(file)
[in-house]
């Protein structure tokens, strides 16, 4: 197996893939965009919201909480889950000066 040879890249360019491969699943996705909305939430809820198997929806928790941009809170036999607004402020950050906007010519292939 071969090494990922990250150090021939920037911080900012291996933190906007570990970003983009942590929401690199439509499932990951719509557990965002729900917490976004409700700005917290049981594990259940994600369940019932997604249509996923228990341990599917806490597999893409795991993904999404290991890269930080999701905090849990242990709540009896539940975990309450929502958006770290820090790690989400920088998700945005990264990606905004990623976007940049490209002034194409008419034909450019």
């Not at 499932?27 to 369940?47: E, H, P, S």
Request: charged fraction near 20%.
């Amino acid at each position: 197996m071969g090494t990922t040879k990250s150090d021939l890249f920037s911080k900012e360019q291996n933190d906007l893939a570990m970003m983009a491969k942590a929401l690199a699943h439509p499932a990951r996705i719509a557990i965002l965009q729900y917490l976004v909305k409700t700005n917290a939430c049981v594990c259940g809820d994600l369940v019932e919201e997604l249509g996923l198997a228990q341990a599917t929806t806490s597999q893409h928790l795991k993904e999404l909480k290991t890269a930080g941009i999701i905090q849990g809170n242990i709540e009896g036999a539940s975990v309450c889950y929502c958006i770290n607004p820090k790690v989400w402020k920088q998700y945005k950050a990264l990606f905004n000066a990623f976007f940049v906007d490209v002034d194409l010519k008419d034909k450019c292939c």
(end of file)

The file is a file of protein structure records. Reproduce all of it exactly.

[in-house]
């Protein structure tokens, strides 16, 4: 197996893939965009919201909480889950000066 040879890249360019491969699943996705909305939430809820198997929806928790941009809170036999607004402020950050906007010519292939 071969090494990922990250150090021939920037911080900012291996933190906007570990970003983009942590929401690199439509499932990951719509557990965002729900917490976004409700700005917290049981594990259940994600369940019932997604249509996923228990341990599917806490597999893409795991993904999404290991890269930080999701905090849990242990709540009896539940975990309450929502958006770290820090790690989400920088998700945005990264990606905004990623976007940049490209002034194409008419034909450019």
């Not at 499932?27 to 369940?47: E, H, P, S």
Request: charged fraction near 20%.
């Amino acid at each position: 197996m071969g090494t990922t040879k990250s150090d021939l890249f920037s911080k900012e360019q291996n933190d906007l893939a570990m970003m983009a491969k942590a929401l690199a699943h439509p499932a990951r996705i719509a557990i965002l965009q729900y917490l976004v909305k409700t700005n917290a939430c049981v594990c259940g809820d994600l369940v019932e919201e997604l249509g996923l198997a228990q341990a599917t929806t806490s597999q893409h928790l795991k993904e999404l909480k290991t890269a930080g941009i999701i905090q849990g809170n242990i709540e009896g036999a539940s975990v309450c889950y929502c958006i770290n607004p820090k790690v989400w402020k920088q998700y945005k950050a990264l990606f905004n000066a990623f976007f940049v906007d490209v002034d194409l010519k008419d034909k450019c292939c």